American sprinters won the day at the fifth Giro di Burnaby criterium bike race at the Heights on Thursday.
Ken Hanson of California, winner of the Gastown Grand Prix just the night before, came out of the pack on the final lap of the 55-kilometre race, scorching the 1.3km loop along East Hastings with the fastest lap of the night.
Hanson's winning 1:39-minute lap was a credit to his Optum Kelly Benefit Strategies teammates, he said.
"The team rode great. This win goes to the team," Hanson said at the finish. "They protected me from the wind and set me up for the win. I didn't need to spend as much time chasing down the leaders."
In the women's race, 47-year-old Laura Van Gilder of the U.S. outsprinted Australian Loren Rowney to win the 37km race in Burnaby in a first-place time of one hour and 25.73 seconds.
The two women also finished one-two in the Gastown Grand Prix with Van Gilder placing runner-up on a borrowed bike to Rowney on the cobblestones of downtown Vancouver. Van Gilder also placed fourth at the UBC Grand Prix.
Van Gilder, the U.S. national criterium champion in 2000, was an 11th-hour entry into the Giro after learning about Superweek races on Facebook.
"Typically I like multi-day races, so to race this is a bonus," said Van Gilder, who has more than 380 career wins.
"I came here to Burnaby to get a win and after duling it out, I'm very pleased with my result."
Van Gilder was among a three-bike breakaway, along with Rowney and B.C. category 2 rider Jean Ann Berkenpas, that separated themselves from the pack early in the 30-lap race.
Berkenpas, who held on for the $500 third-place money, kept pace with the eventual winners until the 23rd lap.
Van Gilder beat the rookie Australian pro to the finish line by more than a second and take the women's $1,200 purse and the commemorative gold medallion worth an estimated $1,300 provided by sponsor Palladio Jewellers.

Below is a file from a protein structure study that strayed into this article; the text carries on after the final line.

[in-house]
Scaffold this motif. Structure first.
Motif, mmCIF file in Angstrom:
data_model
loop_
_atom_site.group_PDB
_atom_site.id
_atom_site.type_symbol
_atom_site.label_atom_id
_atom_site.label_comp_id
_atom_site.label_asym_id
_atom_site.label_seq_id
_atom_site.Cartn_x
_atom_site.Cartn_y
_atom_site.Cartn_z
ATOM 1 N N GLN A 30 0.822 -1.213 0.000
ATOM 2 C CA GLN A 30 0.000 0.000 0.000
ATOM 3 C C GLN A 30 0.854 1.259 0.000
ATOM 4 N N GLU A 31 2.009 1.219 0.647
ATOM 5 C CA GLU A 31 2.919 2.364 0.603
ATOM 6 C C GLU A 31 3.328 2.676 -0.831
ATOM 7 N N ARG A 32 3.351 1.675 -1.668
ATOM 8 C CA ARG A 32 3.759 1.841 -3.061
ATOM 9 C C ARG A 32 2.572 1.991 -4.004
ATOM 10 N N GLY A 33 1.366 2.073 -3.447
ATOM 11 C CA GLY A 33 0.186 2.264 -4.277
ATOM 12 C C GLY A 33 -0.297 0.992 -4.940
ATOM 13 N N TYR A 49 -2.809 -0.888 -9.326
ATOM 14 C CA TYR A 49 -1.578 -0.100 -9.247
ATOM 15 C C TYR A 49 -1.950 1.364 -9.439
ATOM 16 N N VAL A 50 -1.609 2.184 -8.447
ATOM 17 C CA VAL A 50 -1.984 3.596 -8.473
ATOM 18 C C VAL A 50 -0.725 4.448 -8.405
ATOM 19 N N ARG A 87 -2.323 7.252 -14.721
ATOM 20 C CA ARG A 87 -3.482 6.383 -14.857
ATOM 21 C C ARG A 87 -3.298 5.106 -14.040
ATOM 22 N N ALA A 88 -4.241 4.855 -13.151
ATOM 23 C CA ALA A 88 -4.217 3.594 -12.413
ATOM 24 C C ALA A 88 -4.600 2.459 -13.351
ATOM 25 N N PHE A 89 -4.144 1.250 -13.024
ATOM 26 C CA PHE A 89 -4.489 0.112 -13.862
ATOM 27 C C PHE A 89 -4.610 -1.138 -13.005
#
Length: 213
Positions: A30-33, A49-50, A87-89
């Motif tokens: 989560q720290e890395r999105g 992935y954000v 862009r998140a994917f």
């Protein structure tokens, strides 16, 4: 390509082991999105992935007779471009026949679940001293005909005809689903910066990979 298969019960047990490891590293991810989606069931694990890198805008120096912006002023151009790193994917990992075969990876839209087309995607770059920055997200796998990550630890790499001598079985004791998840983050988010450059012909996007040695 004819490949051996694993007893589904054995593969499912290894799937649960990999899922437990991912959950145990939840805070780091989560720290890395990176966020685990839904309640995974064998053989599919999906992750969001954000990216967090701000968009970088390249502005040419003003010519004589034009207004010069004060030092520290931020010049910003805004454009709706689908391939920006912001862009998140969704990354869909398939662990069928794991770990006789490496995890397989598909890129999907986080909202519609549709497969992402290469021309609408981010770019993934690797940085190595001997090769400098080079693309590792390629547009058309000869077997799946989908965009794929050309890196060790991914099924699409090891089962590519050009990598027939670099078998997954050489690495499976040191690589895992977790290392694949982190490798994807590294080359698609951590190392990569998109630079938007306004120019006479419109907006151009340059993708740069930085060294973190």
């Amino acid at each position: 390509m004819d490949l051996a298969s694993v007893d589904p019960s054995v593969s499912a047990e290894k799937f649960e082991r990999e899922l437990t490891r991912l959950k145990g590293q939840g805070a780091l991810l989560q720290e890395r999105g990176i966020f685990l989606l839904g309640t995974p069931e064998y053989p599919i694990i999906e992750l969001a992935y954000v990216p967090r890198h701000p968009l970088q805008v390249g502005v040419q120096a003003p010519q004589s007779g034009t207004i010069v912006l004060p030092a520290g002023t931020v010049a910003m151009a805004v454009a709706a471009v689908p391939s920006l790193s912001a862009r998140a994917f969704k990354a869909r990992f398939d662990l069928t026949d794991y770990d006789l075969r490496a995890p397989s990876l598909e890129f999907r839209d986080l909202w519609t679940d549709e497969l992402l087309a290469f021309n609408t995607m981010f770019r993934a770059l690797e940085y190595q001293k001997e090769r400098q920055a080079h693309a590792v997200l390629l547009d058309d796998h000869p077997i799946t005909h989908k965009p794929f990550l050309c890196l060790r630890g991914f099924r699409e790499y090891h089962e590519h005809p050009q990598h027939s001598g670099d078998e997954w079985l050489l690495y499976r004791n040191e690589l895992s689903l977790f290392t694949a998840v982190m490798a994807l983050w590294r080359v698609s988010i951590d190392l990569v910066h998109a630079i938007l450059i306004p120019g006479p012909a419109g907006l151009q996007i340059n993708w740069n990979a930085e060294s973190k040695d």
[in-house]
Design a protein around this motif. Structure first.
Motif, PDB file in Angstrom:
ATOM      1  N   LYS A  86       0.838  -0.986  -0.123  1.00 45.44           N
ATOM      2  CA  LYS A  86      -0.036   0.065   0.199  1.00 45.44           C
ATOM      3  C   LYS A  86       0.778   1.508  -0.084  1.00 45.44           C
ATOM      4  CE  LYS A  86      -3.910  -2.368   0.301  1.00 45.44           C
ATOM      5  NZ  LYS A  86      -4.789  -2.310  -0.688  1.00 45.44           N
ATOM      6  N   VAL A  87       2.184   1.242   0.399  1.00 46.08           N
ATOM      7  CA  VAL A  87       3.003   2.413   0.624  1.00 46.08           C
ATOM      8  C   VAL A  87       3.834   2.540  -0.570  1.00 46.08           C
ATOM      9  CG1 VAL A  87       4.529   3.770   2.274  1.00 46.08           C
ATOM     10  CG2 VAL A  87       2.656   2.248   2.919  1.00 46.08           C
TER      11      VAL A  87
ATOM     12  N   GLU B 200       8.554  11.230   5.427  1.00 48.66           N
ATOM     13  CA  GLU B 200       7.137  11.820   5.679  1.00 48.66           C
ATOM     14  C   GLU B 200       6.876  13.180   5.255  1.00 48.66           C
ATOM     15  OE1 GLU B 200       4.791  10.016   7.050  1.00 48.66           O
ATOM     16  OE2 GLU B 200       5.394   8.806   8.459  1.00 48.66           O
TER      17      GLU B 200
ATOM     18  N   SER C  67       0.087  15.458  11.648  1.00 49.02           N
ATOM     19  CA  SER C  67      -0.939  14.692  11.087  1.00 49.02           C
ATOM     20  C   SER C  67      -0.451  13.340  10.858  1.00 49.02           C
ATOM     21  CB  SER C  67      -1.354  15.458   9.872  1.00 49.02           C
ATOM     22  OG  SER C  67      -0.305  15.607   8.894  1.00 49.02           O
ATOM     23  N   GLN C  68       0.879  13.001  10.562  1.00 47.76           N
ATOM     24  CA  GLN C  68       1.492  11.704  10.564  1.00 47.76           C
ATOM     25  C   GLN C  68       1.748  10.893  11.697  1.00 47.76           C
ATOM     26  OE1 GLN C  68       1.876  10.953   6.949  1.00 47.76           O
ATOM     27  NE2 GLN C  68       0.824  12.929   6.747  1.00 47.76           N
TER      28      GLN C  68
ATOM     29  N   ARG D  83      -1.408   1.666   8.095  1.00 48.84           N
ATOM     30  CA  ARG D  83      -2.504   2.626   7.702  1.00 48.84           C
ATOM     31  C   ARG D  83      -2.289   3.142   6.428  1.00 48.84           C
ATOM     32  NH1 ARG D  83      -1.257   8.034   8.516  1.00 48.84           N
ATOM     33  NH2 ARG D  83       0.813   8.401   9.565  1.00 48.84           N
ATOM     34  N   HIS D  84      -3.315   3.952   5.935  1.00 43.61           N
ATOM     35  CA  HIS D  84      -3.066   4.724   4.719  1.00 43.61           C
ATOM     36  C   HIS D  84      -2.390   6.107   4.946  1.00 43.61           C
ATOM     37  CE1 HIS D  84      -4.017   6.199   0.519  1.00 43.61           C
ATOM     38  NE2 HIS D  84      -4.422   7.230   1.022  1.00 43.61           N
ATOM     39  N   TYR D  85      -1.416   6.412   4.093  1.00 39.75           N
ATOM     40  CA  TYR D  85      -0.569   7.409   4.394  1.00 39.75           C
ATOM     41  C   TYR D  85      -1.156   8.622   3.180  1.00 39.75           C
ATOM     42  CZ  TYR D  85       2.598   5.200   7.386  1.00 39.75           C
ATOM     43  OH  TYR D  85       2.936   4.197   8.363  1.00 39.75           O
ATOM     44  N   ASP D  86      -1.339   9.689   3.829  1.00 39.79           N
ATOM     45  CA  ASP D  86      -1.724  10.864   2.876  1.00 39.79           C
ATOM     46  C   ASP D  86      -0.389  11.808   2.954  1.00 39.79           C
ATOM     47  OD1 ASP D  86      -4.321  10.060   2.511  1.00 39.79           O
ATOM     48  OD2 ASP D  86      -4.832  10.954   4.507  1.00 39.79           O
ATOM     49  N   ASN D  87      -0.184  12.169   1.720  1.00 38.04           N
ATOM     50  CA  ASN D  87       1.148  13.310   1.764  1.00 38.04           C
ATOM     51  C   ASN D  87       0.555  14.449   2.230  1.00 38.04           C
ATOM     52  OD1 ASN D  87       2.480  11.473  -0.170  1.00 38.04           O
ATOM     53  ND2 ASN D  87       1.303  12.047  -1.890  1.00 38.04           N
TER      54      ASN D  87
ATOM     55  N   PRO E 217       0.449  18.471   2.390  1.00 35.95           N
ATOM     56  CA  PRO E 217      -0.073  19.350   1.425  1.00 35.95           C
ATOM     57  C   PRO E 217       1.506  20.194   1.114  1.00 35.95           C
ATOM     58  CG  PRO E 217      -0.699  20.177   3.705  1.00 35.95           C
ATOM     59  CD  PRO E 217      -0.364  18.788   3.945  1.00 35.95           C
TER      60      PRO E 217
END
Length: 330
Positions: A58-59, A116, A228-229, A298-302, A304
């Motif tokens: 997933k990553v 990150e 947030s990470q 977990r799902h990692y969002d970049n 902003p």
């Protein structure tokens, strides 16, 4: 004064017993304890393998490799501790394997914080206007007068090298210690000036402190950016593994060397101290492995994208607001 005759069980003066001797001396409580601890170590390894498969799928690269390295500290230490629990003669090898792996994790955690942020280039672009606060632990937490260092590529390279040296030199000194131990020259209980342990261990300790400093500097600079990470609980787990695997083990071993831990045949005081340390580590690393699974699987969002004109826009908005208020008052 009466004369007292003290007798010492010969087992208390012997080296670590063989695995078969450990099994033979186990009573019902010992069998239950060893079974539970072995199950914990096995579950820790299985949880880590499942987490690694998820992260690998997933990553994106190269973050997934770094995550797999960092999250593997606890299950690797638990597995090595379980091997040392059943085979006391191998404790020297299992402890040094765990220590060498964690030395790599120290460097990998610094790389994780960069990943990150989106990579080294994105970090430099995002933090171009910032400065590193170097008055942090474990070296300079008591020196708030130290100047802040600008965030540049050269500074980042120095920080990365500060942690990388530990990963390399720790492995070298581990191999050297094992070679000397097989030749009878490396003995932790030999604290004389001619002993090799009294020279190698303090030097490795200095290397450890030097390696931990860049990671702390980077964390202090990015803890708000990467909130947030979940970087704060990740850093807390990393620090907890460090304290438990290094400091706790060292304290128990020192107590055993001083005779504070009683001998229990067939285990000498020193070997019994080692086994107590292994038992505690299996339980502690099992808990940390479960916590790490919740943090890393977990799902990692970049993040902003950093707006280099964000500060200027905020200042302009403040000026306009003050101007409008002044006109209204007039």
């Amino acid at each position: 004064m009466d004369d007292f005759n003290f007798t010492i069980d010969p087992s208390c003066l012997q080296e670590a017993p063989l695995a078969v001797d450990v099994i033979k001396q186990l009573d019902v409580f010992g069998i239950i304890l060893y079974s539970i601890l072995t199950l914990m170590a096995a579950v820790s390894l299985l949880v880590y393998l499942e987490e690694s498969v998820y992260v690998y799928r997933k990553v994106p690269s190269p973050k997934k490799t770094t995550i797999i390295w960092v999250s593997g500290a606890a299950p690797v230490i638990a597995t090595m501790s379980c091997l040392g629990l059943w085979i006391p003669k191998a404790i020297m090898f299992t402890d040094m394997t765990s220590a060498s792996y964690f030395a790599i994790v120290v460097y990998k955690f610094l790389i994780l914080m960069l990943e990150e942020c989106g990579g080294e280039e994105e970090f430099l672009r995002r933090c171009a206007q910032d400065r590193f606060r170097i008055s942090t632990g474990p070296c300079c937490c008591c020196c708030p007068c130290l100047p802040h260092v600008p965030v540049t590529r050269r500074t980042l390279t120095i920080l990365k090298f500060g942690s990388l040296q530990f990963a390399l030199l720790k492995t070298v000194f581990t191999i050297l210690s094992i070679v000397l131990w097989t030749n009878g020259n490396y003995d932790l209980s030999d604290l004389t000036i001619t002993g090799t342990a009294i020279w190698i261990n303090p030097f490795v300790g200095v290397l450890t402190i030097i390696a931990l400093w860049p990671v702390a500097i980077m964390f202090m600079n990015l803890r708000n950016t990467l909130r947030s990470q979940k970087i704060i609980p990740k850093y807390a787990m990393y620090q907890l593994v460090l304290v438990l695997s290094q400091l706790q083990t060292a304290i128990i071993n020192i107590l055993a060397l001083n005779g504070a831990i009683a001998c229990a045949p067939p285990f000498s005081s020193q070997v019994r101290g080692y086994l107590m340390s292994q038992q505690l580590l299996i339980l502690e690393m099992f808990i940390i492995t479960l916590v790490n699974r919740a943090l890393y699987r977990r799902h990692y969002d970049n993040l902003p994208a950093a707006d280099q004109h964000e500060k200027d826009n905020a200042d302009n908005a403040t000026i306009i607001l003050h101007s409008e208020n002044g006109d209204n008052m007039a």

"I'm already planning my return here," said Van Gilder, who fully expects to be racing when she turns 50. "I'm looking forward to the future and to the next four years. I like the thrill of competition, the tactical aspect of racing. I don't see myself retiring."
Hanson, who had an unmemorable finish in his first appearance at the Giro four years ago, outsprinted Australians Tommy Nankervis and 2006 Giro winner Hilton Clark to the finish in a winning time of one hour 19 minutes and 48.08 seconds.
"We knew this was good racing and with the return of the Gastown race, it was a good enticement," said Hanson, who took home the $2,000 winners's share and a gold medal from Palladio Jewellers.
"My team suffered for me today. They did a lot of the work," Hanson added.
Ryan Anderson, who now rides in Europe for Steve Bauer's Team Spidertech, was the fastest Canadian finishing in fourth place.
The men's race was aggressively influenced by the New Zealand PureBlack Racing team.
National champion James Williamson led an 11-bike break early in the race until Kiwi teammate Joseph Cooper took over, splitting up the leaders midway through the race and pressing on alone.
But with four individual race primes and less than 10 laps to go, Cooper was finished and the main pack gobbled up the remainder of the leaders.
That led to a wild final 10km, with race primes offered for four of the last five laps, including a $1,000 crowd prime taken by German Florenz Knauer of Team Baier Lanshut on the pentultimate lap.
But in the end, it was Hanson who emerged out of the pack and showed the finish to take the win. "When I played soccer I was a striker. It's the same thing," he said.